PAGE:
Big Ideas Behind Old Report Offer Hope For Modern-day Threats
Radical concepts presented by the 'father of ACC' in the 60s should be used to address contemporary challenges such as climate change and public health issues, says Richard Gaskins.
The relevance of Sir Owen Woodhouse's groundbreaking 1967 report is examined with a modern-day lens in an upcoming talk at the University of Auckland by visiting professor, Woodhouse Fellow Richard Gaskins.
Sir Owen Woodhouse, dubbed the ‘father of ACC’, made a significant contribution to Aotearoa during his lifetime and is best known for chairing the Royal Commission on Personal Injury in New Zealand from 1966 to 1967.
The outcome, known as the Woodhouse Report, recommended that the country introduce a no-fault accident compensation scheme. The scheme continues today and is internationally renowned as a major innovation.
However, Woodhouse's groundbreaking ideas from the report can and should be used to address contemporary challenges such as climate change and public health issues, says Gaskins, Professor Emeritus at Boston's Brandeis University.
"There are some very big ideas behind the accident compensation discussion, which are not particularly legal, but economic and social. It's a comprehensive framework that Sir Owen Woodhouse constructed, and there's a deeper level to these Woodhouse ideas."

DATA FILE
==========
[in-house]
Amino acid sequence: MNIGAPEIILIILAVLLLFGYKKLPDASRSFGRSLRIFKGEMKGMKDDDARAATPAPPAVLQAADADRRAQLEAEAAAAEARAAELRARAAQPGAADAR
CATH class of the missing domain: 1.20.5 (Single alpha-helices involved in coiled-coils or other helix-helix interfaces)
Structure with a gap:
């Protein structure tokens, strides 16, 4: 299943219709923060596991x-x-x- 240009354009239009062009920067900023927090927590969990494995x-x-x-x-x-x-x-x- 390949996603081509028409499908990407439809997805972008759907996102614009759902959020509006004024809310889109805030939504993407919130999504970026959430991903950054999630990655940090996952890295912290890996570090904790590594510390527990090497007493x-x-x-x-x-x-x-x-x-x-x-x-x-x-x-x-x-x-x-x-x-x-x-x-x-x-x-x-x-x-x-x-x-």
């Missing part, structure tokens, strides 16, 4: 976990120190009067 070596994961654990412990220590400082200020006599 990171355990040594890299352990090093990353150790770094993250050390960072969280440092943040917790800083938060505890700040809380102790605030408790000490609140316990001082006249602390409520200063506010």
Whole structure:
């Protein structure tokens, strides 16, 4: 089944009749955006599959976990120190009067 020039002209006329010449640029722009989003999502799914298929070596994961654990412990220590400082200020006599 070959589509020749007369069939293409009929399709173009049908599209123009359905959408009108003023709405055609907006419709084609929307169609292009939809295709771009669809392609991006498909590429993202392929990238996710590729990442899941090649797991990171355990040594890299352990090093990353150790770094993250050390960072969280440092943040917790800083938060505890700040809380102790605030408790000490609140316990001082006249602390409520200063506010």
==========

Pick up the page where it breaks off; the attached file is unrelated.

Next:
The radical principles behind the 1967 Woodhouse Report were eclipsed by shifting political styles and gradually abandoned, says Gaskins, who began comparative work on the ACC scheme in 1975 and met with Sir Owen Woodhouse in Philadelphia in 1979.
"When Sir Owen was writing the report, it was a time when a lot of scholarship and public policy was turning to market systems. The neoliberal movement was starting up, and these larger Woodhouse concepts of ecological economics and public health were quite incompatible with the dominant thoughts of the time," he says.
“So an important reason for digging into the background of Sir Owen's work is to reach back some 50 years, before the rise of neoliberalism, and reconnect with clear alternative principles--reminding us of roads not taken.
The notion of uncompensated social costs, a key aspect of the Woodhouse report, is evident when we talk about climate change.
"This sets up a kind of social imperative that some kind of remedy has to happen. And that's the principle of community responsibility, which is a pivotal concept in the 1967 report. You can't sit back and do nothing because the costs are being incurred day by day."
Gaskins says it's disheartening that political discussion hasn't caught up with the very morally urgent approach that Woodhouse took.
Woodhouse's once-radical framework could inspire modern solutions to global problems, and by understanding his approach, we can seek bolder, more comprehensive actions against the pressing issues of our time, he says.
"Going back and examining his ideas can help us understand how we might move forward."